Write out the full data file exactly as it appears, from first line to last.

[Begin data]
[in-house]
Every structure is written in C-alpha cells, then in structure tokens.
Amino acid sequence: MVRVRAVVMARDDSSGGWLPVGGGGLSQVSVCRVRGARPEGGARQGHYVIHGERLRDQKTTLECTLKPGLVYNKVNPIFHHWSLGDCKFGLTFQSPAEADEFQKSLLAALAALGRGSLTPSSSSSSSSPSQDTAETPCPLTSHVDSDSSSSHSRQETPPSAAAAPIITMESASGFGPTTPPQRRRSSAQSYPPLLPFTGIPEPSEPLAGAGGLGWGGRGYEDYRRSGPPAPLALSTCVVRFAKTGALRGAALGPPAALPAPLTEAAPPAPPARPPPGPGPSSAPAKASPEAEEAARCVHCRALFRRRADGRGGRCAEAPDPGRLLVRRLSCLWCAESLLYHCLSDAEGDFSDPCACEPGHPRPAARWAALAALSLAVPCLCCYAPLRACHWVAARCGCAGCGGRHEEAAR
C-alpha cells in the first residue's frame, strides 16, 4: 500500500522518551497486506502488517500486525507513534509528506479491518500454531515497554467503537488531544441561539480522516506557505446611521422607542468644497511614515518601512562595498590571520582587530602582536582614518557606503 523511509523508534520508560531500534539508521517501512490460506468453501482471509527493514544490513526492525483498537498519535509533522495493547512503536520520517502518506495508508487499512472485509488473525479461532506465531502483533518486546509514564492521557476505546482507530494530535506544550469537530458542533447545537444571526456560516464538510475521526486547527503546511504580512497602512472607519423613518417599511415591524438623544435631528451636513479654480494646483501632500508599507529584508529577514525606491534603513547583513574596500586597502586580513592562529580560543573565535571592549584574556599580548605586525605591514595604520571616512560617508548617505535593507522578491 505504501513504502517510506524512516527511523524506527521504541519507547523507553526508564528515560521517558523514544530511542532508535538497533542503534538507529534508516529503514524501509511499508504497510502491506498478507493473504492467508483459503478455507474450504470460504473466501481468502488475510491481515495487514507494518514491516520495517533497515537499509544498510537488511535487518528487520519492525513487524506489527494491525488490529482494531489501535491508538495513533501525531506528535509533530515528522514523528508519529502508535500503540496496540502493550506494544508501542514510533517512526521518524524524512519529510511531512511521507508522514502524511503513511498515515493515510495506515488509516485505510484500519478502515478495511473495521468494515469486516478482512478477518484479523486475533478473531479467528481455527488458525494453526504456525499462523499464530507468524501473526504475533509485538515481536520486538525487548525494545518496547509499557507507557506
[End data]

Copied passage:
[in-house]
Every structure is written in C-alpha cells, then in structure tokens.
Amino acid sequence: MVRVRAVVMARDDSSGGWLPVGGGGLSQVSVCRVRGARPEGGARQGHYVIHGERLRDQKTTLECTLKPGLVYNKVNPIFHHWSLGDCKFGLTFQSPAEADEFQKSLLAALAALGRGSLTPSSSSSSSSPSQDTAETPCPLTSHVDSDSSSSHSRQETPPSAAAAPIITMESASGFGPTTPPQRRRSSAQSYPPLLPFTGIPEPSEPLAGAGGLGWGGRGYEDYRRSGPPAPLALSTCVVRFAKTGALRGAALGPPAALPAPLTEAAPPAPPARPPPGPGPSSAPAKASPEAEEAARCVHCRALFRRRADGRGGRCAEAPDPGRLLVRRLSCLWCAESLLYHCLSDAEGDFSDPCACEPGHPRPAARWAALAALSLAVPCLCCYAPLRACHWVAARCGCAGCGGRHEEAAR
C-alpha cells in the first residue's frame, strides 16, 4: 500500500522518551497486506502488517500486525507513534509528506479491518500454531515497554467503537488531544441561539480522516506557505446611521422607542468644497511614515518601512562595498590571520582587530602582536582614518557606503 523511509523508534520508560531500534539508521517501512490460506468453501482471509527493514544490513526492525483498537498519535509533522495493547512503536520520517502518506495508508487499512472485509488473525479461532506465531502483533518486546509514564492521557476505546482507530494530535506544550469537530458542533447545537444571526456560516464538510475521526486547527503546511504580512497602512472607519423613518417599511415591524438623544435631528451636513479654480494646483501632500508599507529584508529577514525606491534603513547583513574596500586597502586580513592562529580560543573565535571592549584574556599580548605586525605591514595604520571616512560617508548617505535593507522578491 505504501513504502517510506524512516527511523524506527521504541519507547523507553526508564528515560521517558523514544530511542532508535538497533542503534538507529534508516529503514524501509511499508504497510502491506498478507493473504492467508483459503478455507474450504470460504473466501481468502488475510491481515495487514507494518514491516520495517533497515537499509544498510537488511535487518528487520519492525513487524506489527494491525488490529482494531489501535491508538495513533501525531506528535509533530515528522514523528508519529502508535500503540496496540502493550506494544508501542514510533517512526521518524524524512519529510511531512511521507508522514502524511503513511498515515493515510495506515488509516485505510484500519478502515478495511473495521468494515469486516478482512478477518484479523486475533478473531479467528481455527488458525494453526504456525499462523499464530507468524501473526504475533509485538515481536520486538525487548525494545518496547509499557507507557506